this was not because they lied, but because they were merciful to God's people. That therefore which was rewarded in them was, not their deceit, but their benevolence; benignity of mind, not iniquity of lying.  For, as it would not be marvellous and absurd if God on account of good works after done by them should be willing to forgive some evil works at another time before committed, so it is not to be marvelled at that God beholding at one time, in one cause, both these, that is, the thing done of mercy and the thing done of deceit, did both reward the good, and for the sake of this good forgive that evil. For if sins which are done of carnal concupiscence, not of mercy, are for the sake of after works of mercy remitted,  why are not those through merit of mercy remitted which of mercy itself are committed? For more grievous is a sin which with purpose of hurting, than that which with purpose of helping, is wrought. And consequently if that is blotted out by a work of mercy thereafter following, why is this, which is less heinous, not blotted out by the mercy itself of the man, both going before that he may sin, and going along with him while he sins? So indeed it may seem: but in truth it is one thing to say, "I ought not to have sinned, but I will do works of mercy whereby I may blot out the sin which I did before;" and another to say, "I ought to sin, because I cannot else show mercy." It is, I say, one thing to say, "Because we have already sinned, let us do good," and another to say, "Let us sin, that we may do good." There it is said, "Let us do good, because we have done evil;" but here, "Let us do evil that good may come."  And, consequently, there we have to drain off the sink of sin, here to beware of a doctrine which teacheth to sin.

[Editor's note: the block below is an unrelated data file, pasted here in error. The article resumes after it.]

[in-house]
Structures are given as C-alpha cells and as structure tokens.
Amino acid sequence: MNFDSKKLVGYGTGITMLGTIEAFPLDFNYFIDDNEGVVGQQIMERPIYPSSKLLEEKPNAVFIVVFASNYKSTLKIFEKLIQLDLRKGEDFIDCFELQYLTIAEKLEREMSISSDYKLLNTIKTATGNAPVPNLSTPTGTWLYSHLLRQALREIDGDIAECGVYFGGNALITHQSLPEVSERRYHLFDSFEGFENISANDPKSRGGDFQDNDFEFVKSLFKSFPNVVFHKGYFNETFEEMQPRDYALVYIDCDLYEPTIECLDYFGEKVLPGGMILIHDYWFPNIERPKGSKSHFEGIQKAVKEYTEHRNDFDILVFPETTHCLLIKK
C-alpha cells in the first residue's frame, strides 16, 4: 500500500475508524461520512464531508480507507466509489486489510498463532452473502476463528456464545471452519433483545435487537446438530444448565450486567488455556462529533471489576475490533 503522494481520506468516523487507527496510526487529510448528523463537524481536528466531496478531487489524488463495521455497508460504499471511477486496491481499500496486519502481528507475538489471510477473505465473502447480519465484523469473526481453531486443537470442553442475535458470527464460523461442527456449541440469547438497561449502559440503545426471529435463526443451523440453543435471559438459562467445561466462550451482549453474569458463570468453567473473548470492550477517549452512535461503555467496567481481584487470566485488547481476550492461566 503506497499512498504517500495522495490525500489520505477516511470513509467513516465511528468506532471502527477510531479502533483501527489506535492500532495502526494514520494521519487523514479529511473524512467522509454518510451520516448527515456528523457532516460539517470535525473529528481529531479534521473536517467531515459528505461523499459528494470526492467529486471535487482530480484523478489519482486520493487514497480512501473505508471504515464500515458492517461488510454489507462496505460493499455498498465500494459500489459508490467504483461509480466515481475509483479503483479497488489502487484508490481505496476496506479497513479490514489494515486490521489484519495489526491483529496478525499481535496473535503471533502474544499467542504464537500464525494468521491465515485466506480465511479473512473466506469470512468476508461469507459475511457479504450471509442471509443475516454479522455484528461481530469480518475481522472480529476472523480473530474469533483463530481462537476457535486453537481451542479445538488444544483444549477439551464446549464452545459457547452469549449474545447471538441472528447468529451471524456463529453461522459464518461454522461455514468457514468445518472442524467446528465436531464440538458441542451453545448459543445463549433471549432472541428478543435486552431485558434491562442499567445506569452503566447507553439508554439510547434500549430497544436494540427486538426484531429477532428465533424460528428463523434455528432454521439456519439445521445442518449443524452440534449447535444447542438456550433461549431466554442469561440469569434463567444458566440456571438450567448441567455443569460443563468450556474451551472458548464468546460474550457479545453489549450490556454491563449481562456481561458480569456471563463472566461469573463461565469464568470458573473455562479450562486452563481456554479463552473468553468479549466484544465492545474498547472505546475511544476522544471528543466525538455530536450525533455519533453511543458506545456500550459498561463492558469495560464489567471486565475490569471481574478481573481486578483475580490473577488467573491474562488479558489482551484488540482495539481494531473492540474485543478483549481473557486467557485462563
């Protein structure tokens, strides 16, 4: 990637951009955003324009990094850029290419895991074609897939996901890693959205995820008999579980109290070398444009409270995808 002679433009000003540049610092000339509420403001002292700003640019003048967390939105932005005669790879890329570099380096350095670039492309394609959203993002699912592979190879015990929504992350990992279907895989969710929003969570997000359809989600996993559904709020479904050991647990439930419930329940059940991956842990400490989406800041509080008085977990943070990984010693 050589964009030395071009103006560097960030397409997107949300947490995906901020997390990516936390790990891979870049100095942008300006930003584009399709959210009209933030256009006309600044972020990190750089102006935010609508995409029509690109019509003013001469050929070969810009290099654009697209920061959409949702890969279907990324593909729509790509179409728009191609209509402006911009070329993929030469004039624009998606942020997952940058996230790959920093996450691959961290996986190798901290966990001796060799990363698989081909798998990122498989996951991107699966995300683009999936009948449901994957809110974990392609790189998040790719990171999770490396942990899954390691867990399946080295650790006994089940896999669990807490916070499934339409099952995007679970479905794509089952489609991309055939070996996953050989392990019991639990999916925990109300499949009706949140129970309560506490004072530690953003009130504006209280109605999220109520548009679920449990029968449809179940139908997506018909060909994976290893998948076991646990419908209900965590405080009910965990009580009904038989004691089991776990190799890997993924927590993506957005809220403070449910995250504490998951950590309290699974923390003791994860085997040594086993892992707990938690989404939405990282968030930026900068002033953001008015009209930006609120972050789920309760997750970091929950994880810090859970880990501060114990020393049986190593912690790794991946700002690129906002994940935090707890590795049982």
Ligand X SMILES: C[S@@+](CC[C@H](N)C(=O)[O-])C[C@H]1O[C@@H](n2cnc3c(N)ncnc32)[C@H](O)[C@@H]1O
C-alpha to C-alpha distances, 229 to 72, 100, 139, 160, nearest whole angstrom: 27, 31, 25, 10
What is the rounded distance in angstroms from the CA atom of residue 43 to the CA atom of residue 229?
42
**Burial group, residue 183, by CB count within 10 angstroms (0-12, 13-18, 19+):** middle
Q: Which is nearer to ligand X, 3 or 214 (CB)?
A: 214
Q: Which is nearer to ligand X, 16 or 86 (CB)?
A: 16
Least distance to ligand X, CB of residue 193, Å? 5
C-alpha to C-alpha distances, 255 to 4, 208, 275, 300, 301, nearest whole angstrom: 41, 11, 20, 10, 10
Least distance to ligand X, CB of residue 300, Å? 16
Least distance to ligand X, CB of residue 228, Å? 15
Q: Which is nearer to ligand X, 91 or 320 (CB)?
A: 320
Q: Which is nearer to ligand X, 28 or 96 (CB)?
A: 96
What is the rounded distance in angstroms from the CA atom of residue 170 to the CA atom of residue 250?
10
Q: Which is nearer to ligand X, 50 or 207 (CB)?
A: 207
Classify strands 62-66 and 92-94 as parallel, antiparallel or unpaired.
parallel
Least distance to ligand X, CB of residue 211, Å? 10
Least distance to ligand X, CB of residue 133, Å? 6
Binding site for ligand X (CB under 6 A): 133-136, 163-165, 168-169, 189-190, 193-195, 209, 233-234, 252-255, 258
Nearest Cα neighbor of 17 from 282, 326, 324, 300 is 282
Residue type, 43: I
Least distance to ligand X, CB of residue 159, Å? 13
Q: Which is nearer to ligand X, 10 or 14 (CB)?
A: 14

Rom. iii.8